Would this film have the same clickbait appeal if it had been called On the Basis of Gender?
Sex per se in this movie is nonexistent, though a recently married Marty (Armie Hammer) and Ruth Ginsburg (Felicity Jones) do move in that direction when he lifts her up and carries her toward the bedroom, not like a groom carrying the bride over the threshold, but more like her straddling his strapping frame while he walks the both of them to bed, eager lovers itching to consummate the deal. I can only imagine Ruth Bader Ginsburg watching this scene in the movie of her life.
Still, it’s not sex but gender that permeates the core of this earnest and well-intentioned film.
Perhaps too earnest and well-intentioned to be a fully satisfying look at this remarkable woman who transformed the American legal system by achieving long-denied rights for 50% of the population. Mimi Leder directed this hagiographic biopic of Ruth Bader Ginsburg from a rather wooden screenplay by Daniel Stiepleman (Ginsburg’s nephew!).
Lots of legalese makes for a rather ponderous, bloodless script when what we want is more energy and passion with sudden breakthroughs and reversals. Longfellow wrote that the wheels of justice turn slowly and grind exceedingly fine, but in a movie we want less slow-and-fine and more splash-and-dash than this limp script can muster. And it also ignores the anti-Semitic vibes throughout 1950s America that surely both Marty and Ruth had to contend with in their own quest of the American dream.
Hardly 50 years ago, women could lose their jobs for becoming pregnant; could not report cases of sexual harassment in the workplace; could not get a credit card if they were single (and, if married, not without their husband’s approval); could not run in the Boston Marathon; could not access birth control; could not get a legal abortion; could be restricted from serving on a jury, especially for a trial that would likely involve graphic sexual or gruesome murder details; could not become an astronaut; could not attend a military academy or fight in combat; could not practice law; could not take legally mandated maternity leave; could not refuse sex with their husbands. There are plenty more could-nots, all paternalistically designed to protect women.
The film opens with Ginsburg’s first day at the Harvard School of Law, a female in a plaid summer dress and pearls in a sea of male, and white, faces. There are a total of nine women in the incoming class of Harvard 1956 and they stick out like paisley on a runway of dark Brooks Brothers suits. As she takes her place in the temple of manly, lawyerly training, we hear the Harvard Glee Club singing the fight song, “Ten Thousand Men of Harvard.”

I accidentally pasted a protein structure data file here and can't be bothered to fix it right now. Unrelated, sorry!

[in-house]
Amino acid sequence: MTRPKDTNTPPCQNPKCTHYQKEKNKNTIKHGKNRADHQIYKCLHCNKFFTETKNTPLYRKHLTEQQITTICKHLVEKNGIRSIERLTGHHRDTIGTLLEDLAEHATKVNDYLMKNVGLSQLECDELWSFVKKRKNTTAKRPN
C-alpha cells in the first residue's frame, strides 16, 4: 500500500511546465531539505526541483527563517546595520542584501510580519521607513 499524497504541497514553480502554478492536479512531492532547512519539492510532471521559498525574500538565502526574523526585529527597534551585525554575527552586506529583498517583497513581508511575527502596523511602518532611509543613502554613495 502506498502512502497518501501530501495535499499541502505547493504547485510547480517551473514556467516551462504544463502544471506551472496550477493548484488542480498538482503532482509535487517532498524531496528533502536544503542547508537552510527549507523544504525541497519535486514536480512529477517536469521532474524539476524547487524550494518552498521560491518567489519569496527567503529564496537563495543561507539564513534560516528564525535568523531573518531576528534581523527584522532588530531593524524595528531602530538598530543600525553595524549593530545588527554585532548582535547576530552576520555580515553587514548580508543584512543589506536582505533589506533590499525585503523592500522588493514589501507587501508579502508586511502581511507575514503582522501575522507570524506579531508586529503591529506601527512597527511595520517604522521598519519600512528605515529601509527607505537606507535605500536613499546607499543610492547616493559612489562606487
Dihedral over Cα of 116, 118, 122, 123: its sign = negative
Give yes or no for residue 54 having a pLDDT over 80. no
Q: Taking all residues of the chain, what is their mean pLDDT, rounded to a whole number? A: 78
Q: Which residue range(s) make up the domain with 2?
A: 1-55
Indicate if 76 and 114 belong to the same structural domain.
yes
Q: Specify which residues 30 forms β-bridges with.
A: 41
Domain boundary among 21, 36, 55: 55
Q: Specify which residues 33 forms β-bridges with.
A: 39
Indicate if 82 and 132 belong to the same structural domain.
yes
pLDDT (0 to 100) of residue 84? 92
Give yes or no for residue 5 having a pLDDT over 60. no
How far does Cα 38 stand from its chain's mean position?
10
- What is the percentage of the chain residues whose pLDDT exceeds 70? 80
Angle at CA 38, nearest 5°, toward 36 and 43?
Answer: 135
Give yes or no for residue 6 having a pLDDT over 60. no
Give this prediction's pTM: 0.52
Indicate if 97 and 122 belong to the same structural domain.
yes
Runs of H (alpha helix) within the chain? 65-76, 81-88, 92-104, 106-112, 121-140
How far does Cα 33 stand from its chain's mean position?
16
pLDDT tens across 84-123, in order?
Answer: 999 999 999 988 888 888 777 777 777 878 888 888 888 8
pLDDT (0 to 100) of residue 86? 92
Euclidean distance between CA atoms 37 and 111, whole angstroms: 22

This delicious opening establishes the entrenched male-dominated, phallocentric world of the law. Women shouldn't be worrying their pretty little heads with such matters, made even more evident later that day at the dinner sponsored by the law school Dean Erwin Griswold (granite-faced Sam Waterston), who asks each of the nine female students to explain “why you’re occupying a place that could have gone to a man.” Ginsburg proves her early mettle by sweetly, and sarcastically, replying so she could “be a more supportive wife.” The Dean is not amused.
Ginsburg’s husband Marty (Armie Hammer), a tax litigator himself, is a significant part of her success as he is the nontraditional spouse who cooks and cares for the children while Ruth is off fighting the good fight. It seems a genuine co-equal relationship that informs all of Ginsburg’s efforts to liberate both genders from their ancient division of labor. She works with ACLU head Mel Wulf (Justin Theroux), bringing various sex-discrimination cases before the courts as she shreds the Biblically ordained and constitutionally mandated places of men and women in American society.
At 85, Justice Ginsburg is the oldest and most vulnerable on the Supreme Court, thus likely the next justice that Trump will replace, a huge loss when she is no longer on the bench.
The film ends with the real Ruth Bader Ginsburg striding like a colossus up the steps of the Supreme Court, a 95-pound weakling confronting the bastion of male privilege. It’s a stirring moment to see the real woman, but it only highlights this weakly scripted, formulaic biopic that never achieves the defiance and courage of the flesh-and-blood RBG.
Ben Wiley taught literature and film at St. Petersburg College. At USF/Tampa, he was statewide Director of the Florida Consortium/University of Cambridge (UK) International Summer Schools. Contact him here. Stay up to date on all the Tampa Bay arts and culture news by subscribing to Creative Loafing's weekly Do This newsletter.